Sunday 4 August 2013: half way through the excavation

On site: Keith Fitzpatrick-Matthews, Jim Skipper, Chris Hobbs, Christl Squires, Emma Winter, Ivor Davies, Jacky Winter, Jon Goodwyn, Martin Jupp, Mervyn Evans, Nigel Harper-Scott, Phil Dean, Priscilla Simmons, Sylvia Duncan, Tony Driscoll

Weather: cloudy with sunny spells and a stiff breeze; warm

By the time we finish today, we will be half way through the excavation. We’ve made reasonable but not spectacular progress. One reason for this has been that we have put most effort into the outer ditch section, [289], as we do need to complete a hand dug section through it and we have to maintain our target of removing a minimum of 4 cm a day from it. My aim to bottom the new section across the inner ditch is ambitious, but if we can remove a context a day, it ought to be achievable. The entrance is being sorted out, with the removal of (207) on to what is apparently a pre-henge deposit, while the extension to the sondage that runs across the bank is proving more complex than I had anticipated. It is the centre of the henge that has received least attention since Ashley and Frances went on holiday, so we will need to have a team working there next week.

The weather today is better for excavation: it’s cooler and the cloud helps to prevent the soils from drying out too much. It’s amazing how just a little rain yesterday afternoon has improved what can be seen on site. Much as I enjoy hot sunny weather, I have to admit that it’s the worst weather for excavation.

In the outer ditch, the new rubbly context, (311), has trowelled away almost instantly. It appears to have been a stone line within the ditch fills and the material beneath it, (314), looks very similar to (291) above it. Presumably we are dealing with an episode of erosion (from the henge bank?) that marks a discrete phase in the infilling of the ditch. If the rubble does derive from the bank, it suggests that it occurred at a time when the chalk of which it was composed was still visible, either because vegetation had not yet colonised it or because it had been removed whether deliberately or accidentally (such as through a brush fire).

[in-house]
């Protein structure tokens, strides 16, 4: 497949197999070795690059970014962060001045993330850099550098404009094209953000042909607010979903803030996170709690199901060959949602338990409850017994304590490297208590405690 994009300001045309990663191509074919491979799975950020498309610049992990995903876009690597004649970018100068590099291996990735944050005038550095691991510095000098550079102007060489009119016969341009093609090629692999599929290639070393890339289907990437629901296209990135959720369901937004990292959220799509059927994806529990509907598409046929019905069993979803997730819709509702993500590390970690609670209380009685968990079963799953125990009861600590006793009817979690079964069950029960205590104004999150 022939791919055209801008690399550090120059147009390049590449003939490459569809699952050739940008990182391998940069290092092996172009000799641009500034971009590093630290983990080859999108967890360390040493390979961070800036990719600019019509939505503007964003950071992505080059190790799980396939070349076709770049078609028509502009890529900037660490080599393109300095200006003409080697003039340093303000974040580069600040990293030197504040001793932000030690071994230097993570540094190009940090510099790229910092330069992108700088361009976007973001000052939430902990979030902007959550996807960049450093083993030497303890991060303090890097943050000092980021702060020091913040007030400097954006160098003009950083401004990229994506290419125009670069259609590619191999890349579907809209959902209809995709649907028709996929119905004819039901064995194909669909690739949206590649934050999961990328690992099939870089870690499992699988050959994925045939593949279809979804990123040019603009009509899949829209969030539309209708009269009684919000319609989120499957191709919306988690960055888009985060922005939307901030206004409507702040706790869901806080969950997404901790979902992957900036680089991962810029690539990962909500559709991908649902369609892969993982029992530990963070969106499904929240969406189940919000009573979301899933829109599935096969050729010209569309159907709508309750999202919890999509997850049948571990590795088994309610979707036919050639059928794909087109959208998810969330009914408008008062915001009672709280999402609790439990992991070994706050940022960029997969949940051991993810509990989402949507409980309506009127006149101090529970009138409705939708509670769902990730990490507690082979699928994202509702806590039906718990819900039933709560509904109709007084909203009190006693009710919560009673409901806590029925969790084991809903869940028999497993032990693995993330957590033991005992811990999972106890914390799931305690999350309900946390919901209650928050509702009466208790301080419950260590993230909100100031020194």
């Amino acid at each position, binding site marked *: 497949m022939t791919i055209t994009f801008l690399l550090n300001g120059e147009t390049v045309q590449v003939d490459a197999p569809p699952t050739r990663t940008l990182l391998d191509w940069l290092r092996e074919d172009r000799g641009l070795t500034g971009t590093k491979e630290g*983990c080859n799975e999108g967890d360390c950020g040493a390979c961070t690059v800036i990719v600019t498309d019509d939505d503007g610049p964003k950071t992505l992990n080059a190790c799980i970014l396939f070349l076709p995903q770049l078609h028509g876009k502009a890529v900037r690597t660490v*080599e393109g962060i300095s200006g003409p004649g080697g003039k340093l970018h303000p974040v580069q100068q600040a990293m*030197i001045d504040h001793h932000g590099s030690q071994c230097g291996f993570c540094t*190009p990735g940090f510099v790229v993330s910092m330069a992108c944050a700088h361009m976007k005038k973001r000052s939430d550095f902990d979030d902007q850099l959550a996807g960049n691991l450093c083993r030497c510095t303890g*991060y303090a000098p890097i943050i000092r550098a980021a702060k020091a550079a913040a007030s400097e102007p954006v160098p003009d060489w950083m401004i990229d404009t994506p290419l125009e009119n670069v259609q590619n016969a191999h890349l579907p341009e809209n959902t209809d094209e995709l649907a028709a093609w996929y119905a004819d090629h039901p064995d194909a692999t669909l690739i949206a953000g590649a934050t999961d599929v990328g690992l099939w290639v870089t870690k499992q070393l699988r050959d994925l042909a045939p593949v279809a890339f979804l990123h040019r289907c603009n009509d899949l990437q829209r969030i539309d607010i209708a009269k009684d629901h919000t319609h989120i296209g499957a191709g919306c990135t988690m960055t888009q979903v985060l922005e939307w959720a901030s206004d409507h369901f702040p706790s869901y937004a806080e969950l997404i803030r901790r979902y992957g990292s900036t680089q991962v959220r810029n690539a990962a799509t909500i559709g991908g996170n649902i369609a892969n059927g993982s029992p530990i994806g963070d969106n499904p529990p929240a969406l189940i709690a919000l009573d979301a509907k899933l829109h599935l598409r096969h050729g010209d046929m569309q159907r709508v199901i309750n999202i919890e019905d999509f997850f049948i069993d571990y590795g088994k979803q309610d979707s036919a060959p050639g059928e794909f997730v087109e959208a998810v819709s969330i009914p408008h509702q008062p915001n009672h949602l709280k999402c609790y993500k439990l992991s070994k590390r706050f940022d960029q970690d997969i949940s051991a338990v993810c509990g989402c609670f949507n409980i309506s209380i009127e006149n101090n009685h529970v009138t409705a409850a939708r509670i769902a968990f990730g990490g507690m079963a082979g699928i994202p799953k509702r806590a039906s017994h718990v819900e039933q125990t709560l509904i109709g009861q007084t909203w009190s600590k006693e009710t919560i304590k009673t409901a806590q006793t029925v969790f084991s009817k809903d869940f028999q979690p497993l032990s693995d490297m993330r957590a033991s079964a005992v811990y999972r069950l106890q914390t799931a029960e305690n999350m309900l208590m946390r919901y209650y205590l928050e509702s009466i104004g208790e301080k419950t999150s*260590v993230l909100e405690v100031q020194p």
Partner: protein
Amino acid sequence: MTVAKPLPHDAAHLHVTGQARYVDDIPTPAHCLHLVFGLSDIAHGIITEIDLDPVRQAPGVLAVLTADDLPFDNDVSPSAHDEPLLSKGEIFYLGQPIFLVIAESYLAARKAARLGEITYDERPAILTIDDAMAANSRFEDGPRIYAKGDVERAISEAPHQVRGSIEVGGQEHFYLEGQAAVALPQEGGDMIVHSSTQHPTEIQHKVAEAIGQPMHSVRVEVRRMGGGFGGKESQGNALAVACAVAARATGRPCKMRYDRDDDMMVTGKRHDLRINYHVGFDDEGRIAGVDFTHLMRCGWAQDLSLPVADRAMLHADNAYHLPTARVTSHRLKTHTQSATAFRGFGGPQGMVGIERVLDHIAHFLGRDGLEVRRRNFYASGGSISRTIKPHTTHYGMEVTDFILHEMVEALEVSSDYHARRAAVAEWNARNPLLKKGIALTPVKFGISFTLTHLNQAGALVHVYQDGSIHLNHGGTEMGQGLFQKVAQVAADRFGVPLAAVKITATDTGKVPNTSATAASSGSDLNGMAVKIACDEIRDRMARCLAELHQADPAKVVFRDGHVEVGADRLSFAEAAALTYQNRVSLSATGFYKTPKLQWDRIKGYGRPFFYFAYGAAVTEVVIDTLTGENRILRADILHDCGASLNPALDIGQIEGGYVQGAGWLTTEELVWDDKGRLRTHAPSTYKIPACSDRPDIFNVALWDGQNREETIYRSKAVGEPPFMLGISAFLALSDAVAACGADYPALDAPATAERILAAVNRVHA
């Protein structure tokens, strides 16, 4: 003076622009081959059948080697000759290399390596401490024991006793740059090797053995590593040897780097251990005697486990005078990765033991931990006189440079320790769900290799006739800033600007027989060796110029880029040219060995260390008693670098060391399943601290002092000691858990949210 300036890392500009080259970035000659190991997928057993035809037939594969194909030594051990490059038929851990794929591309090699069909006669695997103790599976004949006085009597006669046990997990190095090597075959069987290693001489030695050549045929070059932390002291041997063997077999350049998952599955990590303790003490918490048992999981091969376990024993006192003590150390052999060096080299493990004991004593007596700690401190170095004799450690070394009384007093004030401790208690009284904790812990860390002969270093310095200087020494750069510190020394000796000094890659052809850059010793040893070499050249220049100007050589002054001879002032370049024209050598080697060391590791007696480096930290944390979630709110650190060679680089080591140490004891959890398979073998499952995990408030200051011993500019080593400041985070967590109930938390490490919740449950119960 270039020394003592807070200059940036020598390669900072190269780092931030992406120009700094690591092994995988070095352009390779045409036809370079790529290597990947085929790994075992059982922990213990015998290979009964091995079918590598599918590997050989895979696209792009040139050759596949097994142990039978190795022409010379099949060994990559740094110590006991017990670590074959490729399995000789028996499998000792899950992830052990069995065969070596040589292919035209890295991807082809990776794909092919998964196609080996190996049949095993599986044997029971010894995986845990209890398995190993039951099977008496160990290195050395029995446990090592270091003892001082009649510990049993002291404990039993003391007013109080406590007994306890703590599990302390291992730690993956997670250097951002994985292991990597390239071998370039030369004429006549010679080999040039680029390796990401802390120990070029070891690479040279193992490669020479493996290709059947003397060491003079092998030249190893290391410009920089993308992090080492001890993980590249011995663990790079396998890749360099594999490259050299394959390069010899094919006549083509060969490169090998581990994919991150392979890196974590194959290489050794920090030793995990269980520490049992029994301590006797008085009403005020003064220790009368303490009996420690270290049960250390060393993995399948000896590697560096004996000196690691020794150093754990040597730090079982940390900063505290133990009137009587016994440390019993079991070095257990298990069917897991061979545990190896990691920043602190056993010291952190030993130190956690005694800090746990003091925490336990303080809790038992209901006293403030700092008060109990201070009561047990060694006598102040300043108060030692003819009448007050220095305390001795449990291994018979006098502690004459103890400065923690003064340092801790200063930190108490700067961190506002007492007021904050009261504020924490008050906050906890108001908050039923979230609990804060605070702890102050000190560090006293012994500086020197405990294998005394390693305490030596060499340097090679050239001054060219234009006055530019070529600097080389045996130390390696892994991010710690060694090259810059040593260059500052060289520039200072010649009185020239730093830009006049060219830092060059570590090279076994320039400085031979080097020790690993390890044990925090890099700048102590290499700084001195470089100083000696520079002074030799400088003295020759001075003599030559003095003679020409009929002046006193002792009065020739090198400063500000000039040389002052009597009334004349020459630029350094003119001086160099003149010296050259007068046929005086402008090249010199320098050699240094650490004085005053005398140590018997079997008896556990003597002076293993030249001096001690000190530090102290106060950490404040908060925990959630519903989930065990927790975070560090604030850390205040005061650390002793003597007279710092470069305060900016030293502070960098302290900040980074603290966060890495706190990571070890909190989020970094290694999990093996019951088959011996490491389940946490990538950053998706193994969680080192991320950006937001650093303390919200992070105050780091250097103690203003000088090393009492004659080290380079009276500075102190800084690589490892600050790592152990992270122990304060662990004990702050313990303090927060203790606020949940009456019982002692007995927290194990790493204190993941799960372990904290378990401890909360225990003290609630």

The section across the inner ditch is producing large numbers of finds, which probably means that my challenge to remove a context a day may well not be met. This is why it took three seasons to empty the original section, [81]. Nevertheless, this ought to be a priority almost as high as the section through the outer ditch. If we can identify a terminal of the inner ditch, it would be good to examine that, too, but at the moment is isn’t possible to identify it on the ground (although as I mentioned the other day, the worm casts seem to be offering us a clue).

I’ve been getting an itchy trowel for the last few days: I desperately want to get in the trench and dig. I just know that the moment I try, someone will need advice, then something that needs photographing will be found, then there will be a ’phone call… and I won’t be able to return to my patch.

Our little flurry of lithic artefacts appears to have been a flash-in-the-pan. Since first thing yesterday morning, there have been no more of them (although Chris did have a reworked flake from (207) earlier). We also have few ceramics (although Chris, once again, has had Peterborough type Ware from (207)).